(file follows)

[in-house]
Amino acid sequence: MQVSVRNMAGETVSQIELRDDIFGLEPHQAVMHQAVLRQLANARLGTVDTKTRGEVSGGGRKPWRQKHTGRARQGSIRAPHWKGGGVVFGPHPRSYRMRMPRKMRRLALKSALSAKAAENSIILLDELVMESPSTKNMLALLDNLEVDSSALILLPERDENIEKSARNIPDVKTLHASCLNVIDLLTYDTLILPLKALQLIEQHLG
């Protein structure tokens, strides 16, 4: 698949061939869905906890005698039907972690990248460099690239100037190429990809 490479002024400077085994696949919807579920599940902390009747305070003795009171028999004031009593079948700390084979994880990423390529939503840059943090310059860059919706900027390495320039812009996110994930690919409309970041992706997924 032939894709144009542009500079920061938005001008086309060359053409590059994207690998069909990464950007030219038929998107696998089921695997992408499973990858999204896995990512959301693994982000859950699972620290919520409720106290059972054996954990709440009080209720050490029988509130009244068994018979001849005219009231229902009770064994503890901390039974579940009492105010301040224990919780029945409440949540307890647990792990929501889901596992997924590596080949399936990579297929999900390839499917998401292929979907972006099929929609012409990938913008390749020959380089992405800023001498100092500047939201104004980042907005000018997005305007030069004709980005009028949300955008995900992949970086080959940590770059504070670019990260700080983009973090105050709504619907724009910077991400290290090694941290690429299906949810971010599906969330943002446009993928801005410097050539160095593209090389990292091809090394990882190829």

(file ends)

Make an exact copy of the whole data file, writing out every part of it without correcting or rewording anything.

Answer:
[in-house]
Amino acid sequence: MQVSVRNMAGETVSQIELRDDIFGLEPHQAVMHQAVLRQLANARLGTVDTKTRGEVSGGGRKPWRQKHTGRARQGSIRAPHWKGGGVVFGPHPRSYRMRMPRKMRRLALKSALSAKAAENSIILLDELVMESPSTKNMLALLDNLEVDSSALILLPERDENIEKSARNIPDVKTLHASCLNVIDLLTYDTLILPLKALQLIEQHLG
């Protein structure tokens, strides 16, 4: 698949061939869905906890005698039907972690990248460099690239100037190429990809 490479002024400077085994696949919807579920599940902390009747305070003795009171028999004031009593079948700390084979994880990423390529939503840059943090310059860059919706900027390495320039812009996110994930690919409309970041992706997924 032939894709144009542009500079920061938005001008086309060359053409590059994207690998069909990464950007030219038929998107696998089921695997992408499973990858999204896995990512959301693994982000859950699972620290919520409720106290059972054996954990709440009080209720050490029988509130009244068994018979001849005219009231229902009770064994503890901390039974579940009492105010301040224990919780029945409440949540307890647990792990929501889901596992997924590596080949399936990579297929999900390839499917998401292929979907972006099929929609012409990938913008390749020959380089992405800023001498100092500047939201104004980042907005000018997005305007030069004709980005009028949300955008995900992949970086080959940590770059504070670019990260700080983009973090105050709504619907724009910077991400290290090694941290690429299906949810971010599906969330943002446009993928801005410097050539160095593209090389990292091809090394990882190829």